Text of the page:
ANDERSON — A key feature of the gig economy, many experts say, is its flexibility in terms of allowing participants to earn either a full or supplementary income.
On a smaller scale, one local resident is finding an outlet to profit from her hobby of restoring and creating unique furnishings and home decor.
Hilary May of Anderson splits her time between serving as a social media specialist for an accounting firm and her Etsy business that sells products like stove top covers, door signs and other decorations. After working a few jobs as an administrative assistant, she says she began to reconsider her passions after she became more involved with her hobby.
“I realized I was a creative person rather than an administrative person,” she said.
Cutting the cord on her full-time job brought her some anxiety, she added, but once she became convinced starting her own business would be viable, she received plenty of support along the way.
“You just have to have courage to know that if you are the personality that doesn’t fit in the 9 to 5 (world), that there are opportunities out there,” May said. “If you have the courage to take that leap, I truly believe doors will be open for people.”
As more workers choose to engage in the gig economy, ideas for putting them to work are becoming more creative — and more technology-based.
In 2014, Marc Gorlin founded Roadie, a collaborative delivery service that aims to capitalize on what he says is more than 4 billion cubic feet of excess capacity in the nearly 250 million vehicles that move from place to place every day.
“I wondered, what if we put all that wasted space to good use?” he said.
The company pays drivers to deliver merchandise — anything from cupcakes to furniture — to destinations near places to which they’re already traveling. It’s an economical solution for companies and individuals looking to save on shipping costs, and it provides an avenue for drivers to earn extra cash.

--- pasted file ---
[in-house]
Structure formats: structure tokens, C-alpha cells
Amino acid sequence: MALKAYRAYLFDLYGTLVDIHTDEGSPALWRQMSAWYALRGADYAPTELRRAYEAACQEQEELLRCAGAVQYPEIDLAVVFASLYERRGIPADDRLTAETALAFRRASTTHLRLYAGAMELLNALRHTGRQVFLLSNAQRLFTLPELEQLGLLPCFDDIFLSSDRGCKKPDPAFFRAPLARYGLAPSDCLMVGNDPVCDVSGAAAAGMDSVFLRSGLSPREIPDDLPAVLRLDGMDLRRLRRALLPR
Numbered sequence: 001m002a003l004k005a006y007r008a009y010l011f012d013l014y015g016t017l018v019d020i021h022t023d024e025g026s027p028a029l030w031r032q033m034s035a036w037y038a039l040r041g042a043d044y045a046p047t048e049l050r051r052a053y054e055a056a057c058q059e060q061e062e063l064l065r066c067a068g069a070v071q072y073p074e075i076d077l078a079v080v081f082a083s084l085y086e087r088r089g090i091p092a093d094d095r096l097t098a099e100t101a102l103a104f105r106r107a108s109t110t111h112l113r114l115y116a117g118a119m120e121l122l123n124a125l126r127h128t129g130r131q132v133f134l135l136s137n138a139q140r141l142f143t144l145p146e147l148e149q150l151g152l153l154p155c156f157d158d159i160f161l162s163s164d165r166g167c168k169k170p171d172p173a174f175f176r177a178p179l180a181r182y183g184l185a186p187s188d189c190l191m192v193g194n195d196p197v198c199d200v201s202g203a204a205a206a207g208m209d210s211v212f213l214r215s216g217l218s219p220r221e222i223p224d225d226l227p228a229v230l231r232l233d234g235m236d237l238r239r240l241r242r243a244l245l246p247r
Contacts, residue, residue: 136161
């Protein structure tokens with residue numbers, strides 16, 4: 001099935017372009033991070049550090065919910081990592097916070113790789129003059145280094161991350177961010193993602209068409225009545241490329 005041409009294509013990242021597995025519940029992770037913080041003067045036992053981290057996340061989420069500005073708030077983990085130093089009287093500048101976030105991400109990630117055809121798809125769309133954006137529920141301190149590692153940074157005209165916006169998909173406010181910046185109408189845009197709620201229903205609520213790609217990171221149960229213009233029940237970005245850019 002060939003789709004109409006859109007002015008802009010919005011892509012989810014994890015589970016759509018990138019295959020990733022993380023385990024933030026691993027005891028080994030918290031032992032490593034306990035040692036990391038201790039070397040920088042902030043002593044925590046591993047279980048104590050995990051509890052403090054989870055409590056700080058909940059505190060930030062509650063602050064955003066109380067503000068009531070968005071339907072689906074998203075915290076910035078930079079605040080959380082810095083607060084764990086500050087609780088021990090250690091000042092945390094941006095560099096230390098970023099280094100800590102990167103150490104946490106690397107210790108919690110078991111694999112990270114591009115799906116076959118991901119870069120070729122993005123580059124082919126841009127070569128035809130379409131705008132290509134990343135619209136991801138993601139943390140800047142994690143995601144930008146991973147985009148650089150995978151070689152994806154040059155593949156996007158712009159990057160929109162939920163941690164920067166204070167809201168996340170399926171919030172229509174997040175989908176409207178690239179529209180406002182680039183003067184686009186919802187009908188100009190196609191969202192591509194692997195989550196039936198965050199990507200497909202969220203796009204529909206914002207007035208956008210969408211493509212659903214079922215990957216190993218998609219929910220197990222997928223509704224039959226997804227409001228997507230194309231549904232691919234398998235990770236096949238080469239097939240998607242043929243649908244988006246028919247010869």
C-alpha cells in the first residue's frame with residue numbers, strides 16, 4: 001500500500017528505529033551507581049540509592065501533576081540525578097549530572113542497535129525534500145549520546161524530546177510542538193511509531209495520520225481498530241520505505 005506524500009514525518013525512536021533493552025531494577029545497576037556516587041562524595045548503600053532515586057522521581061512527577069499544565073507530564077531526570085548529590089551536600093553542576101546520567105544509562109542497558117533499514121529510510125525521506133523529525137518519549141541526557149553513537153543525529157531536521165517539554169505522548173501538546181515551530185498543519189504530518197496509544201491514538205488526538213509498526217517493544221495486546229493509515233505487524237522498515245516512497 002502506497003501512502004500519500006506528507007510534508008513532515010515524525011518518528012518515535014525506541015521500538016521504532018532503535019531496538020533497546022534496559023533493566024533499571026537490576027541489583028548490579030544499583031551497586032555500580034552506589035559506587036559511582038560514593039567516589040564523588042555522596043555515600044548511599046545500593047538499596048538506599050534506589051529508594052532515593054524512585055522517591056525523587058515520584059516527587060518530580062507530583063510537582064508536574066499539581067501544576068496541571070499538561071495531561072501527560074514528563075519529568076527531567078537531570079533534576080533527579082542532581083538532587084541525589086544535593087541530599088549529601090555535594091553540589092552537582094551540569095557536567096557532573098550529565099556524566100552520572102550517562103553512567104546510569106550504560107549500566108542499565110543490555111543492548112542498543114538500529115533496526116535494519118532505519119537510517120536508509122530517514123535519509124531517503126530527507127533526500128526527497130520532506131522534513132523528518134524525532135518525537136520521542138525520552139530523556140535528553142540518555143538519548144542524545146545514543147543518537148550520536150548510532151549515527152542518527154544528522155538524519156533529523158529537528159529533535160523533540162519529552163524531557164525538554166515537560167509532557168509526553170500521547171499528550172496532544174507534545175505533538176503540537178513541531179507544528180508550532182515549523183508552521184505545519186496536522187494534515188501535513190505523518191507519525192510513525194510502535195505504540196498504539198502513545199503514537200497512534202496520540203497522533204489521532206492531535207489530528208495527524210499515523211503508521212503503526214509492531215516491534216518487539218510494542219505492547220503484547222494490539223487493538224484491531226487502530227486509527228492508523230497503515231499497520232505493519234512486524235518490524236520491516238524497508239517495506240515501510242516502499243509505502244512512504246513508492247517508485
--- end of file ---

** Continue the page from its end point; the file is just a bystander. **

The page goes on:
“Utilizing vehicles that are already on the road is better for the environment, and it allows existing drivers to make money doing what they’re doing and help the environment at the same time,” Gorlin said.
Another platform is putting a new twist on the old adage that word of mouth is the best form of advertising. Drum Technologies, an Atlanta-based software company, uses an app to allow people to share offers and recommend products and services. The service connects business owners to gig contractors who can promote offers, merchandise or other items and earn commission while providing new customer leads.
“Advertising is often a lot of guesswork,” said Drum co-founder Troy Deus. “We were noticing there was this emergence of the gig economy, but traditional gig economy jobs eat up a lot of your time, you’re not really learning a new skill. So we said, what if we provide a platform where anybody could be a salesman for any business?”
Launched in September with more than $10 million in startup capital, Drum is focusing most of its marketing efforts in Atlanta and New York City, but Deus said as more people become familiar with the platform, plans include expanding the business model to other locales including Indiana.
“We think there are a lot of people who are willing to promote those businesses and refer those businesses to others as the opportunity presents itself,” Deus said.